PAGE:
Career connect: What your recruiter really wants you to know

  • Posted on September 25, 2018
  • Estimated reading time 4 minutes
interview tips from a recruiter

It’s that time of year again: campus recruiting season. Given that I spend most of my work hours with college candidates who are not always familiar with recruiting processes in “the real world”, I want to set the record straight when it comes to who’s on the other side of the “recruiter” title and what some of our expectations are.

First, I’m accessible and, I think, pretty friendly. I’m not perched up in some high rise with you on speaker phone waiting for you to say something totally embarrassing or laughing when you mispronounce our company name (Avanade…sounds like “avenue” and “promenade” put together). Honestly, I’m more than likely at home, in my office, with my snoring chocolate lab, Gus, sleeping at my feet.

Second, I’m on your side. The first conversation is filled with nerves on your end but hope and optimism on mine. I want you to blow me away with your experience and skills so that I can report to our hiring team that “I have THE perfect candidate for you”. I feel badly for a candidate when they don’t do well in an interview with me or anyone on the hiring team. I don’t want that for you and I don’t want that for me. So, to avoid this situation going forward, below is a quick list of interview prep recommendations from yours truly:

  1. Make it known you want this job
    Be excited and enthusiastic during our conversations. As a recruiter, I want you to want this job. My hiring team expects someone right out of school to be curious and enthusiastic about doing something that they love. Don’t be afraid to incorporate that excitement in your interviews.

  2. Do your research
    I’m not talking about reading verbatim the first three lines from the company’s website. I mean, do your stinking research! Most companies have a crazy amount of information on their website, but also check out to see if they have a YouTube channel, Instagram or LinkedIn page. I want you to tell me something I don’t know about my company. Tell me the most interesting fact you learned while doing your research.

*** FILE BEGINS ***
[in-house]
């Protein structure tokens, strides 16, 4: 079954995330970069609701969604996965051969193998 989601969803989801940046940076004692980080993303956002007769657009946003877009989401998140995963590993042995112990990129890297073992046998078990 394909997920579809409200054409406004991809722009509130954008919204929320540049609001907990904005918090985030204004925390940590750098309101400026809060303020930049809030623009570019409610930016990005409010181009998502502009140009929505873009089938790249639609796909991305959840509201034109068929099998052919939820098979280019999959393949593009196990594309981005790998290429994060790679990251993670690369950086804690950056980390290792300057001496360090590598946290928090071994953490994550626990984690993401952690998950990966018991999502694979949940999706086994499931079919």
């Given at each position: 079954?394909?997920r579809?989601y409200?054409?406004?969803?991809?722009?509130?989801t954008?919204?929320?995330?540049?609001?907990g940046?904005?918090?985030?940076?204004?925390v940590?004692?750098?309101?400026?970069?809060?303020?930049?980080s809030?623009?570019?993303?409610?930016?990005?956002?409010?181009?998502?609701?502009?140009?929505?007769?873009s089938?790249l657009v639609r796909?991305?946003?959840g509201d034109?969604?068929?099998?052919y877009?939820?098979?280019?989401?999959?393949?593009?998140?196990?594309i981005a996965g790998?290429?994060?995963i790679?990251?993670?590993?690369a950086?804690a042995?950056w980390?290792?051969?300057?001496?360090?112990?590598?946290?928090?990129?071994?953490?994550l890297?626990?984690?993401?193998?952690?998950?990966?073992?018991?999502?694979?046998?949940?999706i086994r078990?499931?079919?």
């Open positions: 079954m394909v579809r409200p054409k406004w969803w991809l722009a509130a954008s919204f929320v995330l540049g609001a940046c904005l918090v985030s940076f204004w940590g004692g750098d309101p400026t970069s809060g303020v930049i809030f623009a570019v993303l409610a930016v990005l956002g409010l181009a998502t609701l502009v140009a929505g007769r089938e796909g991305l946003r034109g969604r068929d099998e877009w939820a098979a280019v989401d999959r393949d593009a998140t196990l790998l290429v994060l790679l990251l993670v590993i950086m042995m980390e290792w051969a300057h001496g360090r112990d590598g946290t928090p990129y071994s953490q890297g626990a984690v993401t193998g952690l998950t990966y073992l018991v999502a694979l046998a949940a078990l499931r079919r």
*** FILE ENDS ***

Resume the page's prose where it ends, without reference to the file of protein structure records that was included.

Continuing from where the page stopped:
3. First impressions matter
    If it’s a phone interview, answer the phone announcing your name, “Hi, this is Emily.” This ensures when I call at our scheduled time, I know I have the right number, I have the right person and I know how to pronounce your name. Also, while you’re at it, update your voicemail to state your name as well (see above).

    If it’s an in-person, be on time, throw out a firm handshake and make eye contact with every person you meet. Every year, I see these easily avoidable mistakes being made over and over. And every year, I have a hiring manager that passes on a candidate based on these oversights. Please don’t be that candidate!

  4. Know your story and what you specifically bring to the table
    Be specific when talking about your experiences, individual contributions and your interests. Prior to the interview, go ahead and identify and write down details surrounding school/personal projects, work experiences and opportunities that you can speak to specifically that relate to the job you are interviewing for. Don’t make the recruiter play the guessing game or the “let’s pull info out of you” game. You come across as uninterested and indifferent.

  5. Be honest
    If you don’t know an answer, say that you don’t but then explain how you would go about finding the answer. I promise, we can sniff out when you are fibbing your way through a response. Also, be honest when discussing what you want, specifically in terms of role and responsibilities. Recruiters and hiring managers can’t read minds and can only use the information you provide to help identify the best opportunity. Help us help you!

  6. Trust your recruiter
    Your recruiter is your advocate and voice throughout the interview process. We can’t do all these things if you don’t trust us and keep us informed on what you’re thinking. If you have a final interview or offer in hand from another company, let us know. If you are having doubts about the travel expectations, let us know. We are there to answer your questions, help guide you through each step and represent you with the business.

Now, let’s be honest, the above items aren’t going to guarantee you nail every interview you have, but at least you have a few suggestions to work with. I also want to reiterate that while you may believe that recruiters bathe in the tears of their rejected candidates every night, we actually are on your side and are advocating for you. There’s no better feeling than offering someone a job and getting to hear their excitement and joy when delivering the good news. For me, it’s the most rewarding part of having the “recruiter” title.

For more information on internship and graduate opportunities at Avanade, check out our careers site.

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